2024 Lexus TX 500h F Sport AWD: Review

Sometimes, in this business, you see a model name come across your desk and think, “Meh, I already had that.” In this case I just reviewed the 2024 Lexus TX 350 a few months ago. However, this TX 500h F Sport Performance Luxury is a different thing altogether. Well, I mean, it’s the same, but different. Don’t worry, we’ll get into the details and spend some extra time talking about how the more powerful top-spec TX feels out on the road. So, without further delay, it’s time to find out how the Lexus Texas (I’m leaning into it this time) does on a week of daily driver duties.

2024 Lexus TX 500h Overview

Howdy partners, the full-size 2024 TX is not built in Texas but is actually assembled in Princeton, Indiana. You have two versions of the 500h to choose from: the Performance Premium or the Performance Luxury. Both are AWD and start at slightly under or slightly over $70,000. They are both available in a host of shades of gray.

Our “Incognito” gray TX has a host of extras, I’ll let you peruse the list below.

Out the door, you’re at a non-inconsequential $78,983. That puts the TX in some hefty company in the luxury SUV market so let’s see what’s what.

2024 Lexus TX 500h F Sport Performance Luxury Inside & Out

Outside, the TX 500 F Sport Perf… OK, you know what vehicle I’m talking about. That’s a mouthful, so I’m moseying along cowpokes. The F Sport version looks pretty solid, with the typical mix of darker trim and wheels vs. the non-sporty model. I still like the overall profile of the TX, the designers mercifully avoided the sloping rear that has been in vogue for a bit. I know it makes it look less minivan’y, but it also reduces overall cargo space.

The interior isn’t drastically different from the 350, at least structurally. Naturally, you get some higher-end materials and a ton of additional luxury and convenience features. I immediately liked the sports seats, they deliver a great mix of comfort and support.

From a usability perspective, I like what Lexus has done with the touch function on the steering wheel. You just put your finger on the button without pushing it, and it tells you what it is via the heads-up display. However, when the heads-up display tells you that traffic is coming, you can’t use it. I tried to advance the song sitting at a stop sign, but it wouldn’t let me until the traffic cleared, which was a touch annoying. 

The wireless CarPlay system worked fairly well, and wireless charging wasn’t terrible. You do have to have your phone in just the right place to get it to charge, but it generally stays there once you do. 

Cargo space is a reasonable 20.2 cubic feet with all seats in place. That’s typically enough to do a light grocery run without dropping the third row. That number jumps to a very large 97 cubes with all seats folded. But like I said in the beginning, I’m going to focus my energies on telling you what this thing is like to drive. Yee haw, let’s go!

2024 Lexus TX 500h F Sport Performance Luxury On the Road

The 350 has to make do with 275 horsepower, while the 500h gets a trick hybrid system mating a 2.4-liter turbocharged four-cylinder with a six-speed automatic and two electric motors. It has one up front and one out back, each powering a set of wheels. The hybrid powertrain delivers a hefty 366 horsepower and 406 lb-ft of torque.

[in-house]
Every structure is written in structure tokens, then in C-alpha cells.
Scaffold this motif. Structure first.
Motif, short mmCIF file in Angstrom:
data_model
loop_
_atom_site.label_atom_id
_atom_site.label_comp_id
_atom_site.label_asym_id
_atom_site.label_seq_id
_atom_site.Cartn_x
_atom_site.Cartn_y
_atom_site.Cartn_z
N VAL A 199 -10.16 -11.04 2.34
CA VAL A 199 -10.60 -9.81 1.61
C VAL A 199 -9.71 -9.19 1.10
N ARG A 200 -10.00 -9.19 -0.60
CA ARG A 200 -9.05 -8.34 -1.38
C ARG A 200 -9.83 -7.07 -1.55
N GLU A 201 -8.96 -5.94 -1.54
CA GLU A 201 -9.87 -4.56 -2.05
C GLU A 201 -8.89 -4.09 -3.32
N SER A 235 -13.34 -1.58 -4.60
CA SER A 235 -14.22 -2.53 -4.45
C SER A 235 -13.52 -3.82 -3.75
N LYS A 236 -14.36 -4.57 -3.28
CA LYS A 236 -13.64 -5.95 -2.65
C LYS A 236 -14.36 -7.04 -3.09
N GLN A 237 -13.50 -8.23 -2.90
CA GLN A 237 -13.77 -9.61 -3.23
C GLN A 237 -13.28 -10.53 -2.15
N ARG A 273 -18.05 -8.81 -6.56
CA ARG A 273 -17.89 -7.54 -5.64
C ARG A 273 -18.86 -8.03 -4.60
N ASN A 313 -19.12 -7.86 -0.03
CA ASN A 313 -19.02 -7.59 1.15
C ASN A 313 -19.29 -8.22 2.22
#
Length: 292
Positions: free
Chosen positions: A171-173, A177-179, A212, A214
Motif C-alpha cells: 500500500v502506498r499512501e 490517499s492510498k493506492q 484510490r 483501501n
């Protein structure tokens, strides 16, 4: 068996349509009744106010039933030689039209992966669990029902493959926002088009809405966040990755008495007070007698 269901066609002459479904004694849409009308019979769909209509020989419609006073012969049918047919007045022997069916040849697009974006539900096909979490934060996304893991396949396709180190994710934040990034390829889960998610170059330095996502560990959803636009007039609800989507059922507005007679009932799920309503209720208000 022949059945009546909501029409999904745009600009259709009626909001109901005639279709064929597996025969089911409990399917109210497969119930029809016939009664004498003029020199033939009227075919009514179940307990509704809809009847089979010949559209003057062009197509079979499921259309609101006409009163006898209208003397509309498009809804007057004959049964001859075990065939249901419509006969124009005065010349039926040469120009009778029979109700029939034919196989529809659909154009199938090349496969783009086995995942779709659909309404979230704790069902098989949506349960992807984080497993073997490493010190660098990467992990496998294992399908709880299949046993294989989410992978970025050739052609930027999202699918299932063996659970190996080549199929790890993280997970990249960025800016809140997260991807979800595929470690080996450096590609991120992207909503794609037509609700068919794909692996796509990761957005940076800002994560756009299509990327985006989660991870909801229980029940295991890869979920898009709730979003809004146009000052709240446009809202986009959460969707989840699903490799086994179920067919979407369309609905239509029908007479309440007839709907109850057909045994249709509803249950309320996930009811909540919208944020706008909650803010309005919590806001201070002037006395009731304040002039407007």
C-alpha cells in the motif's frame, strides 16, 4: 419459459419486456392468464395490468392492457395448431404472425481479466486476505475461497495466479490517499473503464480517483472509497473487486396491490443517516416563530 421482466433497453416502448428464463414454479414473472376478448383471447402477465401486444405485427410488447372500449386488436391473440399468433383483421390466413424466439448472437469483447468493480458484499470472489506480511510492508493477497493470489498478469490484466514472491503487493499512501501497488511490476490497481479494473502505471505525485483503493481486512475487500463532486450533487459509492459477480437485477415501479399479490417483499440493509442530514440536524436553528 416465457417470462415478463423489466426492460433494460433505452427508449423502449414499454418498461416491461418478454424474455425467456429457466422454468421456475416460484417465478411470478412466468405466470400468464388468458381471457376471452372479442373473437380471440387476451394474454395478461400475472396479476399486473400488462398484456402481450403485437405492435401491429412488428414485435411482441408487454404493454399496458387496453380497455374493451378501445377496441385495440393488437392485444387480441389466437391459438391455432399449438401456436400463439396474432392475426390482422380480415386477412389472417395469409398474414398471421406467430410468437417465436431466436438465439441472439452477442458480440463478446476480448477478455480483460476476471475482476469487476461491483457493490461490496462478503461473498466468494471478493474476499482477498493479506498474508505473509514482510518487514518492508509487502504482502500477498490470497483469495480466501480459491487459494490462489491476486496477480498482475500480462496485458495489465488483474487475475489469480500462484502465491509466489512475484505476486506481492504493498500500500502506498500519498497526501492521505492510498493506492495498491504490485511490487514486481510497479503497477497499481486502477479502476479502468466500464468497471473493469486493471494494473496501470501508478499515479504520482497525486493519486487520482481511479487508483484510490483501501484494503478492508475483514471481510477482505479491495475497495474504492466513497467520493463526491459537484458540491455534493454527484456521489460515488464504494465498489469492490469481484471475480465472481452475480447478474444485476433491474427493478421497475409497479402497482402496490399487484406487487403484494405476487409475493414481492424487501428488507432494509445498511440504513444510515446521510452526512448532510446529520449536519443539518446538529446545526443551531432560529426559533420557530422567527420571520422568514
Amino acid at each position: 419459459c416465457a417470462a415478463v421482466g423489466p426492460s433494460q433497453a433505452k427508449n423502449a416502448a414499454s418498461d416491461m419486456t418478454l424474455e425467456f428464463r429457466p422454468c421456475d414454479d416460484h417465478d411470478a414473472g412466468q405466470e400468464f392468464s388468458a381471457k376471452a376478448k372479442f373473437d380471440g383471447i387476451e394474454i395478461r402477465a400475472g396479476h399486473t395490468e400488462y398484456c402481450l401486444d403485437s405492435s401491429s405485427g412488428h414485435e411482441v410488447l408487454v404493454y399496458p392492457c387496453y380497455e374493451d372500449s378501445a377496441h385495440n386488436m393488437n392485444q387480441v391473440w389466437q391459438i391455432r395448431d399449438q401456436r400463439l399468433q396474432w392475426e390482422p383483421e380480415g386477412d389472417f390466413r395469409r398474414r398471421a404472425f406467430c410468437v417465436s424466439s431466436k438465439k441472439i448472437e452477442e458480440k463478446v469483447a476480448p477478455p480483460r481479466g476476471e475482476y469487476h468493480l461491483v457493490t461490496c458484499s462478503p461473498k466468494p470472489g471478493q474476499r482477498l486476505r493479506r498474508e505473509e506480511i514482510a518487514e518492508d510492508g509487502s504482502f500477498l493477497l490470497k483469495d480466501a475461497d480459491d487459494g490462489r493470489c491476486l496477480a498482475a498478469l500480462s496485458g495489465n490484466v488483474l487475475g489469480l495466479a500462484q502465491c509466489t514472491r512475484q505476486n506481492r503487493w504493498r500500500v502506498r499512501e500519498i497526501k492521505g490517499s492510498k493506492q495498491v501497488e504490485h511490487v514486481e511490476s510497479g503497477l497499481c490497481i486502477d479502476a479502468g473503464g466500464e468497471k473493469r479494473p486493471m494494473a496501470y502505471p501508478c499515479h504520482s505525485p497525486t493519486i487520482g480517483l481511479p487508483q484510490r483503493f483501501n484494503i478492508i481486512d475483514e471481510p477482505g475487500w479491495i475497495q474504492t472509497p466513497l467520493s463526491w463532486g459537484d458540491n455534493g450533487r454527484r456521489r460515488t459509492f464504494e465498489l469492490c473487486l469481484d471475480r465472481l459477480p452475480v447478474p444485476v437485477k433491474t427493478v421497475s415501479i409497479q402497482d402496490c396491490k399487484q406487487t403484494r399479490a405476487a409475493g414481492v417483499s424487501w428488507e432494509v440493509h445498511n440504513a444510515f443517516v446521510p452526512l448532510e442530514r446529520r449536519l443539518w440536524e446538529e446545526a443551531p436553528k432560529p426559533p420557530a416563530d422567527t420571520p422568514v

My first impressions were good, it’s incredibly comfortable and quiet. Driving down the road feels like you’re floating along on a cloud. A very torquey cloud, the 500h makes good use of its more complex powertrain and delivers power in just about any range. It’ll hit 60 mph in around six seconds, which would have made it a pretty quick sport compact car back in the late 1990s or early 2000s. It’s surprisingly nimble and has a fantastic turning radius as well. The spot that I typically turn around to park in front of my girlfriend’s house is a bit tight, and for as large as the car is, it whipped around much easier than most SUVs without having to Austin Powers’ it with lots of adjustments.

Unlike previous Lexus models, it’s pretty hard to find driving modes. While they used to be in an easily accessible physical knob (hehe, “knob”…sorry), they are now buried in the menus. I suppose most people don’t use driving modes in their family hauler, but I do. Other criticisms were minor; I couldn’t unlock it while it was in gear (and stopped). That is helpful to be able to do when I am pulling up at the school drop off or pick up line. They hustle you through quickly, so I typically pull up, he hops in, and we go. Still, overall I enjoyed driving the TX 500h and it handled daily driver duties quite well.


Overall, I expect the TX to absolutely fly off dealer lots. It’s a great size, and the packaging is likely to resonate well with quite a few buyers. I’m already seeing a lot of them around the DC area which is a good sign for Lexus since we consume a ton of luxury family haulers around here. As I noted in the TX 350 review, it stacks up very well against the XC90, MDX, and Q7. My only question is whether the top-spec TX trim’s near $80K MSRP might start to draw some comparisons to the Mercedes Benz GLS 450 and other full-size luxury options. Either way, if you want a luxury three-row, the Lexus Texas is quite good.

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2 responses to “2024 Lexus TX 500h F Sport AWD: Review”

  1. Sjalabais Avatar

    They are both available in a host of shades of gray.

    Huzzah for avoiding the obvious phrasing, but, c’mon Lexus, I thought we were moving into an age of colour again?

    Also interesting the last twist of your summary…can it not compete with those that keep the “premium”-label tightest to their manly-hairy German chests?

  2. peugeotdude505 Avatar

    I was not aware of this car.
    So this is bigger than an RX, but smaller than a GX?